By Steve Weinstein
By Bryan Bierman
By Lindsey Rhoades
By Chaz Kangas
By Ben Westhoff and Sarah Purkrabek
By Jena Ardell
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"I could go anywhere with Mykki," says musician Bill Sales, better known as Brenmar, who produced "Kingpinning" and Quattlebaum's song "Wavvy"—an Internet hit that has been viewed over half a million times on YouTube. "He's willing to do any kind of beats—so long as it bangs and it's dope."
Quattlebaum's recording history may be brief, but his career trajectory is promising. In addition to his European tour, late last year he did a stint through Canada and the U.S. supporting the alt-rap group Death Grips, and released both an EP and a mixtape. His second EP is due in May, with a North American tour that will take him through more than a dozen cities including Miami, St. Louis, Chicago, and Toronto to follow this spring. His birthday show at the Bowery Ballroom sold out. He will spend the summer playing the big European music festivals.
Music writer Miles Raymer thinks the rise of Mykki Blanco can be attributed to two factors: growing acceptance of gay people, and indie rap's less troubled relationship with the mainstream. He sees Quattlebaum and his contemporaries bringing a "punk rock energy" to rap. At the same time, "These are artists who want to be big, but want to do it completely on their own terms. I don't think that [indie rappers] particularly cared about being accepted before. They wore that as a badge of pride. But these new artists, like Le1f, Mykki Blanco, and Azealia Banks, all the usual suspects, they all want to be as big as anyone else. They want to be superstars. But they want to do it by being as weird as they want to be." And, adds Raymer, "It's a good time to be weird."
Quattlebaum argues that hip-hop, with all its swag, has a rich a history of weird, a long line of artists subverting gender norms just as they have done in "whiter" genres like glam rock and pop. This is a community with room for Cam'ron and his pink furs, for Kanye West and his leather skirts and Céline women's wear, for Tupac and his immaculately groomed eyebrows. Even the most explicitly homophobic rappers regularly accessorize with more jewelry than a Tiffany's window. "Do you not think that with all that flamboyant imagery, gay children were not getting turned on to, like, what was going on? Or not relating to it?" asks Quattlebaum. "It's like, who is really fooling who?"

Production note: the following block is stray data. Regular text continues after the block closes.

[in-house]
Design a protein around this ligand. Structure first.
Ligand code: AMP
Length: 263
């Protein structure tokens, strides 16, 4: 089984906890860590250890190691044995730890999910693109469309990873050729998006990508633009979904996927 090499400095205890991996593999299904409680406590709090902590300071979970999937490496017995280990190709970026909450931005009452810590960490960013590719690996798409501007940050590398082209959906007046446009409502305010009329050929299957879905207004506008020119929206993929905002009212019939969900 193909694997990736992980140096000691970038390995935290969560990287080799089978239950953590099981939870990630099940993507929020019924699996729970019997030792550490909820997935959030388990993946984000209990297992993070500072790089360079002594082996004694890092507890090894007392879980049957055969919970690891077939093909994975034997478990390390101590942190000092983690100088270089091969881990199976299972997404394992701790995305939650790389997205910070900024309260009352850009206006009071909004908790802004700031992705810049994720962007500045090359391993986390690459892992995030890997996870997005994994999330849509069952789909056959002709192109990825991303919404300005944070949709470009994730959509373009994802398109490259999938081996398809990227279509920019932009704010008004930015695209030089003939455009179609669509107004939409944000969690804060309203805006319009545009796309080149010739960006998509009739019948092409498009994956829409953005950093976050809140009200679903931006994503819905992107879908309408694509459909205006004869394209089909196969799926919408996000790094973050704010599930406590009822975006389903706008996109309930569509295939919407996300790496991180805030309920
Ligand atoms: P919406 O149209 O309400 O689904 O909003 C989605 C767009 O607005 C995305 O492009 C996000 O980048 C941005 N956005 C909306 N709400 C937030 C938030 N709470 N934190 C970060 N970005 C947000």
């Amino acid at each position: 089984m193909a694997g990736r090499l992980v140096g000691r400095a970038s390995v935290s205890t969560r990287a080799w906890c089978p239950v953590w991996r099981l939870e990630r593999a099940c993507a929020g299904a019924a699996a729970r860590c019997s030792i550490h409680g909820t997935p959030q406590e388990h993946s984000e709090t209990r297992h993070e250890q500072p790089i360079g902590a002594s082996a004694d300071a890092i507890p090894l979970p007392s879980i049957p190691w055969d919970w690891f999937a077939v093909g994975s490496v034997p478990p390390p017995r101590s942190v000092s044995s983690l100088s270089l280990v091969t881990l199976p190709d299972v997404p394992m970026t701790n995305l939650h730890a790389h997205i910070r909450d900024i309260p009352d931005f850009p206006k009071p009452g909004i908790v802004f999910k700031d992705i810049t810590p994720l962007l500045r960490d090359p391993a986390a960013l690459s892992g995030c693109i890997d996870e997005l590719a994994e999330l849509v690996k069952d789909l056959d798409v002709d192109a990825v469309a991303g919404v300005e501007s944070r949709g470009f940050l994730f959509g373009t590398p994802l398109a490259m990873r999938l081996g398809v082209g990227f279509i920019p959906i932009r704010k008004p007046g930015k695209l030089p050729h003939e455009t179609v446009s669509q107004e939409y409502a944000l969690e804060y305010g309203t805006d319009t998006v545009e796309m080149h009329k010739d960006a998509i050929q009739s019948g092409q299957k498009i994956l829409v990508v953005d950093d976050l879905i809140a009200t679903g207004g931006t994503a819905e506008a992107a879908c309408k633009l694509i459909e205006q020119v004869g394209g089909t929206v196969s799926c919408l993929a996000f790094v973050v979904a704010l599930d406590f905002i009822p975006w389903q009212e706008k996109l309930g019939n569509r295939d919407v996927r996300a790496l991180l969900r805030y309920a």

Michael Quattlebaum Jr. putting on a push-up bra and becoming Mykki Blanco onstage is fundamentally not that different from André Benjamin putting on a polka-dotted bow tie and becoming André 3000. As for the much-debated "authenticity" issue, Quattlebaum has zero patience for such policing. "I know what 'keeping it real' means," he says. "Everyone knows what 'keeping it real' means. But when you're an entertainer, you're not supposed to be keeping it real. No, I am not 'keeping it real,'" he says emphatically. "And none of you are."
He sounds a little sick of reading (and being interviewed for) "queer rap" trend stories such as those that have appeared in recent months in Details, The Guardian, and Pitchfork—the endless chronicles of Le1f, Zebra Katz, Ocean, and Odd Future's DJ Syd the Kid. And he takes offense at the idea that they are all "struggling for acceptance" in their community. "Do you guys realize that if the music wasn't good, this would be nothing? That your culture piece, that your trend piece, would be nothing?" he asks. "It's not that I am trying to derail you from all of the glorious political implications, and the connecting of dots, and the feeling you have that this is something brand new—but it's not.
"It's like, no. My fans are 15-year-olds on Tumblr who get all of my references," he continues. "If I was struggling to find acceptance, I wouldn't have a fucking booking agent."
It's well after midnight on a freezing night in Berlin. Quattlebaum is crashing with a photographer friend in the middle of his European tour; he spent the day huddled under a SpongeBob SquarePants comforter. His DJ, Open1one, went to a party at the megaclub Berghain sometime this morning and hasn't been seen since; Mykki Blanco is going to have to do her show without him.
It's some time after 2 a.m. when Mykki reaches the nightclub, which is called, amazingly, Ficken 3000. It's one of Berlin's oldest gay clubs, and the ceiling is covered with CDs that reflect light like a disco ball. The bouncer wears a gold leather gimp mask. Two male porn stars are having athletic, hairless sex on the television screens above the bar, and a go-go dancer with a devilish goatee and a neck tattoo is warming up the crowd. The promoter is angry that his talent is late, but Quattlebaum ignores him. Two lesbians with asymmetrical haircuts make out rhythmically on the dance floor. It seems like a skeptical Sunday night audience, perhaps more interested in grinding to Beyoncé than listening to defiantly weird foreign-language rap by a guy in purple leggings. The air tastes pre-breathed. The bouncer is smoking through the mouth hole of his mask.